Of course methodologies can have many purposes and values: They can permit recourse to alternative methods when one method has become dull through overuse; They can enable one to examine in advance a menu of optional methods and to select the best method or set of methods for a given case or one's own needs, ends, means, style, or expertise; They can help one to plan and manage the use of methods; They can facilitate appropriate adjustments, adaptations, specializations, and generalizations of methods in diverse situations; They can enable great numbers of methods to be made use of simultaneously and harmoniously in complex programs of research and endeavor; They can facilitate the teaching and learning of the many methods pertinent to a given area; They can enable a more universal, standardized, and objective comparison and evaluation of different methods, procedures, tactics, concepts, etc-and of what results from their use; They can facilitate the long-term evolution of a subject or undertaking; They can increase flexibility and preparation for contingencies; They can heighten the style and intelligence of an endeavor; Etc.
Random examples of situations in which methodologies normally exist or would be apposite include: Chemical engineering laboratories, Diplomatic corps, Defensive planning for possible world wars, Management of an economy by the national government, Coaching of a football team, Psychological counseling services, Institutes (or think tanks) researching public policy, Governmental agencies protecting the environment, Etc.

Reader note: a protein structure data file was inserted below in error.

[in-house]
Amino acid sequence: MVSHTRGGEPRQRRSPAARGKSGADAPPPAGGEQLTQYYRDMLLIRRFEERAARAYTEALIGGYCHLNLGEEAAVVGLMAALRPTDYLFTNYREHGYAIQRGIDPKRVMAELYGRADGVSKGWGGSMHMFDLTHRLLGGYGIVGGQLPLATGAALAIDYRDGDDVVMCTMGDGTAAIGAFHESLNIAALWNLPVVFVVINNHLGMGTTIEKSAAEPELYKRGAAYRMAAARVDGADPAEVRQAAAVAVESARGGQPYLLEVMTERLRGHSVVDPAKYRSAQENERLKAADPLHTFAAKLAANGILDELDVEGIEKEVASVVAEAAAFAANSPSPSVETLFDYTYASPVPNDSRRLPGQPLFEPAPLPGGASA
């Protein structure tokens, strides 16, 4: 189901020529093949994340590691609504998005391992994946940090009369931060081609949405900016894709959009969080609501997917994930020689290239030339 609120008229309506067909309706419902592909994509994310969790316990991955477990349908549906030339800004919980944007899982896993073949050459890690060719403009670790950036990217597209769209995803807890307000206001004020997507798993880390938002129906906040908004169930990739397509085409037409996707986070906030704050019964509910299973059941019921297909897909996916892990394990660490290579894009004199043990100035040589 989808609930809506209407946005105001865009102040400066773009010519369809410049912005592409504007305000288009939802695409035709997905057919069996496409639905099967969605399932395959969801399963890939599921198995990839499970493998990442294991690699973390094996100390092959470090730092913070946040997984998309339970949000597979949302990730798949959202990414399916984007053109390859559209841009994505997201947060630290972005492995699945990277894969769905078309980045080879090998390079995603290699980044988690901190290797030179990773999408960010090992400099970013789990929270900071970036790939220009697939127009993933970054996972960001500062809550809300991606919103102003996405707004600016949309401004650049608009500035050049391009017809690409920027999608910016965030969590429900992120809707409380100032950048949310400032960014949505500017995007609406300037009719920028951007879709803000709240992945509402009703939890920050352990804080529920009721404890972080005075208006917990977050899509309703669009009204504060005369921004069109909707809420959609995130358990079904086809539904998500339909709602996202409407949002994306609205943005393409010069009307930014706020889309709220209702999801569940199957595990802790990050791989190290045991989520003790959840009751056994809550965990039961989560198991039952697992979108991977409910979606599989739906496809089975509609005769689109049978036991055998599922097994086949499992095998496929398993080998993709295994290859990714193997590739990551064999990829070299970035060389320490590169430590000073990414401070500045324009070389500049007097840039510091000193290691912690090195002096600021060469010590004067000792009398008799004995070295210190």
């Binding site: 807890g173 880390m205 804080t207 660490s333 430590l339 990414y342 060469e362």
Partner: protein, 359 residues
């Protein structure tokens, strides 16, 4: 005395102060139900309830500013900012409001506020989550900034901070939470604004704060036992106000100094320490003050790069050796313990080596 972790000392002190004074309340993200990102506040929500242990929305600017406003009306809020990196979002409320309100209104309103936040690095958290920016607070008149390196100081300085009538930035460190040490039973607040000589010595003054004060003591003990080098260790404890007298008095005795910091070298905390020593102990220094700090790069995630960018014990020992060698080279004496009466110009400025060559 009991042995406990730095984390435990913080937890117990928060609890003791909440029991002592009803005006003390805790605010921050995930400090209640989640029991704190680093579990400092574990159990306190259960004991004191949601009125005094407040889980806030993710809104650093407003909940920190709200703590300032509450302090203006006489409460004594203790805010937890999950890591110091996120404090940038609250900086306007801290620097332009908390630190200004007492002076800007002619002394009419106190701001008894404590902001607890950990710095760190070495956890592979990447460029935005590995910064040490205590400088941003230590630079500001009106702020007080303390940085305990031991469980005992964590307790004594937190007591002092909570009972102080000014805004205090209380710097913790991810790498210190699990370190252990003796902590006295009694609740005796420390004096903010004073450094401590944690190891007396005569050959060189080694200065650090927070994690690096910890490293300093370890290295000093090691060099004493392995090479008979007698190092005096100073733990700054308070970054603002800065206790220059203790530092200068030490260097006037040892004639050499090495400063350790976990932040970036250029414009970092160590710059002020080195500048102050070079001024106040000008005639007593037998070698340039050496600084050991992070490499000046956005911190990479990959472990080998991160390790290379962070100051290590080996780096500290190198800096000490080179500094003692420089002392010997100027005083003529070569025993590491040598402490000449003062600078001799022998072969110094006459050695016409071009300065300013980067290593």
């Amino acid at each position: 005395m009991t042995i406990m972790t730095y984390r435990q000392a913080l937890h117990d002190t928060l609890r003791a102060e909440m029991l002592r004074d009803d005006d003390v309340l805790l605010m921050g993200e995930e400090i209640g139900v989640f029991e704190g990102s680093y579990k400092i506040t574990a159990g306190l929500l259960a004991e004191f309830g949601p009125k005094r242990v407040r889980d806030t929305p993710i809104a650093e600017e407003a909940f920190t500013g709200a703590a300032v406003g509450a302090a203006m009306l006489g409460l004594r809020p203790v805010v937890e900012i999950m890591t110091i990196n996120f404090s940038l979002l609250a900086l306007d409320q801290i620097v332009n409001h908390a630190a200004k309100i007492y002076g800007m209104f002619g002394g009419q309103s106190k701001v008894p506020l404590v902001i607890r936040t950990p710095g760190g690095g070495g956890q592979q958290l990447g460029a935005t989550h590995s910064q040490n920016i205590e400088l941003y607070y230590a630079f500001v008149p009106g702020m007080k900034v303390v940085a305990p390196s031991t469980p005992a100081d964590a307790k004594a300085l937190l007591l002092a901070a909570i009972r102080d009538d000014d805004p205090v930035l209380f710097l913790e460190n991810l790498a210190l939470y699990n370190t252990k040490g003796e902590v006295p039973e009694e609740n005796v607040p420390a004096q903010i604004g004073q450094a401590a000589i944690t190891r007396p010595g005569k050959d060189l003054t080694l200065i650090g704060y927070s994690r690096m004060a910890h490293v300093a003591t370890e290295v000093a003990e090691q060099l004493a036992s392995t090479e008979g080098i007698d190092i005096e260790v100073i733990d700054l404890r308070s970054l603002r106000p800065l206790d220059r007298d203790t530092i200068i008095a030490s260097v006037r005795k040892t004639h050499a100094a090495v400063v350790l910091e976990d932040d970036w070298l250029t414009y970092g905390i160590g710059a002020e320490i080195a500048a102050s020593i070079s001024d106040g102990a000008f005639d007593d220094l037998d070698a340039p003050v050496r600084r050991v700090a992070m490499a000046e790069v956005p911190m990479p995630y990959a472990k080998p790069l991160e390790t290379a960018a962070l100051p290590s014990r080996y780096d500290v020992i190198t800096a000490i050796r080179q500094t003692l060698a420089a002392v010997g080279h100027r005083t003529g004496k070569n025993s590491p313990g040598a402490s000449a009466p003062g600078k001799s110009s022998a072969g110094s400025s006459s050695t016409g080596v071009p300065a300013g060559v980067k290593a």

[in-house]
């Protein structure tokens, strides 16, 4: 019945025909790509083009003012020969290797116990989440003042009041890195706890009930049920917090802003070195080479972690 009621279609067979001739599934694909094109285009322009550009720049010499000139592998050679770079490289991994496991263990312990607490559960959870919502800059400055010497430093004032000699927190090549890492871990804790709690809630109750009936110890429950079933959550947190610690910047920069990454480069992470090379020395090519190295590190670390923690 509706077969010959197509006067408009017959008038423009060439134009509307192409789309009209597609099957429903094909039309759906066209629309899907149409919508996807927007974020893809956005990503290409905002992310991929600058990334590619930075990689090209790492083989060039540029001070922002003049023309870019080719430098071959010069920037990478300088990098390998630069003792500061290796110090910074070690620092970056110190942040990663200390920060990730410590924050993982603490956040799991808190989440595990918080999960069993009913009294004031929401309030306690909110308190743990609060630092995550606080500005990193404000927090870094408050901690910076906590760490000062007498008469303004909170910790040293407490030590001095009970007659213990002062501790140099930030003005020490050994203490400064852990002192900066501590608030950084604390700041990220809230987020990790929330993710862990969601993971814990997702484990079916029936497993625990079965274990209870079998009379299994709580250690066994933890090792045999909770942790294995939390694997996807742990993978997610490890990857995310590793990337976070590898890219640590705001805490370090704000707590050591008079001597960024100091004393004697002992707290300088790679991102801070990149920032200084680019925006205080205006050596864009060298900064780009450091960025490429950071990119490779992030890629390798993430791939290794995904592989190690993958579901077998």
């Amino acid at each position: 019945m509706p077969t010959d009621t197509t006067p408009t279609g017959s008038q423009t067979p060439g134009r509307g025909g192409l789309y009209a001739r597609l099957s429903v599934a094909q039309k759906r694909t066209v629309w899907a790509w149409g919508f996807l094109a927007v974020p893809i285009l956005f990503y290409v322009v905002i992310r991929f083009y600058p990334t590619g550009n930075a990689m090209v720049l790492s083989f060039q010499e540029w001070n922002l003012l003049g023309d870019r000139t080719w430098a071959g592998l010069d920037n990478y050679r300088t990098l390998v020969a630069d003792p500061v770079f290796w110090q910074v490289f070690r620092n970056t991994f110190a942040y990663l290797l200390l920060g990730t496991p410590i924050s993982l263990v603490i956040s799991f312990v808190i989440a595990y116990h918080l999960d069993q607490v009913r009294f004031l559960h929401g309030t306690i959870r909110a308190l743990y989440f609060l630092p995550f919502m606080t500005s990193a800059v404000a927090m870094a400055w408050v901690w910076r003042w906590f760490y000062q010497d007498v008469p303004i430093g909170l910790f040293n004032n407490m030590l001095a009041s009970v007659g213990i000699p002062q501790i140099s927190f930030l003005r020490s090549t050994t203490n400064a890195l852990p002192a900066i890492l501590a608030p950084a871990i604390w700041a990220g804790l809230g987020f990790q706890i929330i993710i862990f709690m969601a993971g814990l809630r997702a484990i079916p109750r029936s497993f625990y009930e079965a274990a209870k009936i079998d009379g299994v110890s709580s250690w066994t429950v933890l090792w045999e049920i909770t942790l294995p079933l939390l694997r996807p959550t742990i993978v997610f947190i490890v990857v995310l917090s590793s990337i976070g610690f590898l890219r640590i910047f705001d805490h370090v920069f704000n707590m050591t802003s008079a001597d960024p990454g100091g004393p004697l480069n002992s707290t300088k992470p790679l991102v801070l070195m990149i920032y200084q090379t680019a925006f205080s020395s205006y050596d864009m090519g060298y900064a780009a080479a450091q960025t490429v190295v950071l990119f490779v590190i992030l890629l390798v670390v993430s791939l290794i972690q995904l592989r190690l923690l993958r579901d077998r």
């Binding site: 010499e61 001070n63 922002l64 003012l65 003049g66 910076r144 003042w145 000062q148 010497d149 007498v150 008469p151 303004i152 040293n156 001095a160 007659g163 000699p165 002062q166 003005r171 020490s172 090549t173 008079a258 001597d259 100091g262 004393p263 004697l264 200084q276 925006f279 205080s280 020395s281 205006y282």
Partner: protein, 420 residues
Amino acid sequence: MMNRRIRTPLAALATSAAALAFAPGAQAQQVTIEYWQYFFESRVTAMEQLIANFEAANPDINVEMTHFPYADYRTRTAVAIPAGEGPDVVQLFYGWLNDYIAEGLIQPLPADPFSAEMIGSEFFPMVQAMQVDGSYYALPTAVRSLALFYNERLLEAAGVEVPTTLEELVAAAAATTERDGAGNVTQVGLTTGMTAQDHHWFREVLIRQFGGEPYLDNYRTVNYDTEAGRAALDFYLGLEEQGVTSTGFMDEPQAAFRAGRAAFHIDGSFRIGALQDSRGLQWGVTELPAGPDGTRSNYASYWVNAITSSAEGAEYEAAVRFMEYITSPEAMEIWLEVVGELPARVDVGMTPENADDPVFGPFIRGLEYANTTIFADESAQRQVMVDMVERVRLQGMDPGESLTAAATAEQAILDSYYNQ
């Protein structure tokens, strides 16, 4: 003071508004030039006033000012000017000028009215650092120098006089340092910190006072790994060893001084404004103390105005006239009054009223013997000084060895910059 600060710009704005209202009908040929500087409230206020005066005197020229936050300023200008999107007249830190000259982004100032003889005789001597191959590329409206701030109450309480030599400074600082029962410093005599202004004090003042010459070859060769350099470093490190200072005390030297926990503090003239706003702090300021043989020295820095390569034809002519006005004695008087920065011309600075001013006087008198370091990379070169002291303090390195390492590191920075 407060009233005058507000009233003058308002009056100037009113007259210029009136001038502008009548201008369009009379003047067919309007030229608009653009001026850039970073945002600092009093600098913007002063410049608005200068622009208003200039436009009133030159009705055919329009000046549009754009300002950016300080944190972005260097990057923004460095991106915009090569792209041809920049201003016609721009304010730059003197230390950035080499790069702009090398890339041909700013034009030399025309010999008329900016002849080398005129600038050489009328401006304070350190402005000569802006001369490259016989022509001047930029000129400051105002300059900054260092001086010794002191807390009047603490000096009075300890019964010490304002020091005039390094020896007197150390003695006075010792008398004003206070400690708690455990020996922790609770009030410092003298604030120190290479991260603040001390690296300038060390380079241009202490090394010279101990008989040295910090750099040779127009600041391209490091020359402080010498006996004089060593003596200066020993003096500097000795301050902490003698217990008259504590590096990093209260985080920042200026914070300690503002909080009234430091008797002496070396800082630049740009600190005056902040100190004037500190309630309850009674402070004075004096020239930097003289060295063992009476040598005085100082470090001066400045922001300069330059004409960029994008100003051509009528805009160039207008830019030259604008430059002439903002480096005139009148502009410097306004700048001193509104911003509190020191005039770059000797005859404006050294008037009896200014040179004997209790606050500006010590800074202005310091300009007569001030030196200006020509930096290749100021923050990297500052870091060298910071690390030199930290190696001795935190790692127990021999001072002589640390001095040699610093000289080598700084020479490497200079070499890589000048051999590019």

Ideonomy can discover and dramatize how equivalent and contrasting methodologies have worked in different fields or in the treatment of disparate problems. It can analyze the virtues and vices of different methodologies, and their powers for achieving different things in different ways. it can depict the costs and requirements for developing and using various methodologies. It can describe efficient and inefficient ways of using and managing them. It can show how to perfect their ideonomic character. It can render covert methodologies explicit, or help to formalize and codify them.
Help Model Things
Healthy science seems to combine several key and complementary activities: philosophizing, theorizing, modeling, experimenting, practical application, and criticizing.